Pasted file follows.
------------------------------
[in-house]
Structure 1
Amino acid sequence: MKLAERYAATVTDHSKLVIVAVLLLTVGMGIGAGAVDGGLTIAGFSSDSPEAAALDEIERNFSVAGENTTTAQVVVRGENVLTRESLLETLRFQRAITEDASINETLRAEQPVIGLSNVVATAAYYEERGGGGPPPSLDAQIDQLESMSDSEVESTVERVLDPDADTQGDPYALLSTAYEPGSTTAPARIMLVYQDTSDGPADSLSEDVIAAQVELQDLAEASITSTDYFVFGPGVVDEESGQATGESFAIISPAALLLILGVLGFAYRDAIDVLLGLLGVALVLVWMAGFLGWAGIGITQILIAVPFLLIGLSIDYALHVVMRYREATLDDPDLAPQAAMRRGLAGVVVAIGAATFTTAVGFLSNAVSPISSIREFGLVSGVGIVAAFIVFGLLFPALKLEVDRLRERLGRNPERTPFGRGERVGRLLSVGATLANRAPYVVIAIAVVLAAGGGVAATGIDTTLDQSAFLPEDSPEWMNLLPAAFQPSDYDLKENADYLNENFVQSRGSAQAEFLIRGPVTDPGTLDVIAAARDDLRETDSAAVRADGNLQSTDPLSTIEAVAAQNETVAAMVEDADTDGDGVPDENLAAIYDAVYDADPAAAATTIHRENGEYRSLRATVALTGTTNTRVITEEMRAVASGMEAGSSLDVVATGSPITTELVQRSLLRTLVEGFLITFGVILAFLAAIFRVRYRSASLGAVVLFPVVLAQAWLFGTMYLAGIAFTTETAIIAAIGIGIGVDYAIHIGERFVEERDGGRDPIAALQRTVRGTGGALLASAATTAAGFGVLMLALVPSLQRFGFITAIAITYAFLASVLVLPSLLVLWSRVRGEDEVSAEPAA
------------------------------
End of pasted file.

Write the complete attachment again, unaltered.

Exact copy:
[in-house]
Structure 1
Amino acid sequence: MKLAERYAATVTDHSKLVIVAVLLLTVGMGIGAGAVDGGLTIAGFSSDSPEAAALDEIERNFSVAGENTTTAQVVVRGENVLTRESLLETLRFQRAITEDASINETLRAEQPVIGLSNVVATAAYYEERGGGGPPPSLDAQIDQLESMSDSEVESTVERVLDPDADTQGDPYALLSTAYEPGSTTAPARIMLVYQDTSDGPADSLSEDVIAAQVELQDLAEASITSTDYFVFGPGVVDEESGQATGESFAIISPAALLLILGVLGFAYRDAIDVLLGLLGVALVLVWMAGFLGWAGIGITQILIAVPFLLIGLSIDYALHVVMRYREATLDDPDLAPQAAMRRGLAGVVVAIGAATFTTAVGFLSNAVSPISSIREFGLVSGVGIVAAFIVFGLLFPALKLEVDRLRERLGRNPERTPFGRGERVGRLLSVGATLANRAPYVVIAIAVVLAAGGGVAATGIDTTLDQSAFLPEDSPEWMNLLPAAFQPSDYDLKENADYLNENFVQSRGSAQAEFLIRGPVTDPGTLDVIAAARDDLRETDSAAVRADGNLQSTDPLSTIEAVAAQNETVAAMVEDADTDGDGVPDENLAAIYDAVYDADPAAAATTIHRENGEYRSLRATVALTGTTNTRVITEEMRAVASGMEAGSSLDVVATGSPITTELVQRSLLRTLVEGFLITFGVILAFLAAIFRVRYRSASLGAVVLFPVVLAQAWLFGTMYLAGIAFTTETAIIAAIGIGIGVDYAIHIGERFVEERDGGRDPIAALQRTVRGTGGALLASAATTAAGFGVLMLALVPSLQRFGFITAIAITYAFLASVLVLPSLLVLWSRVRGEDEVSAEPAA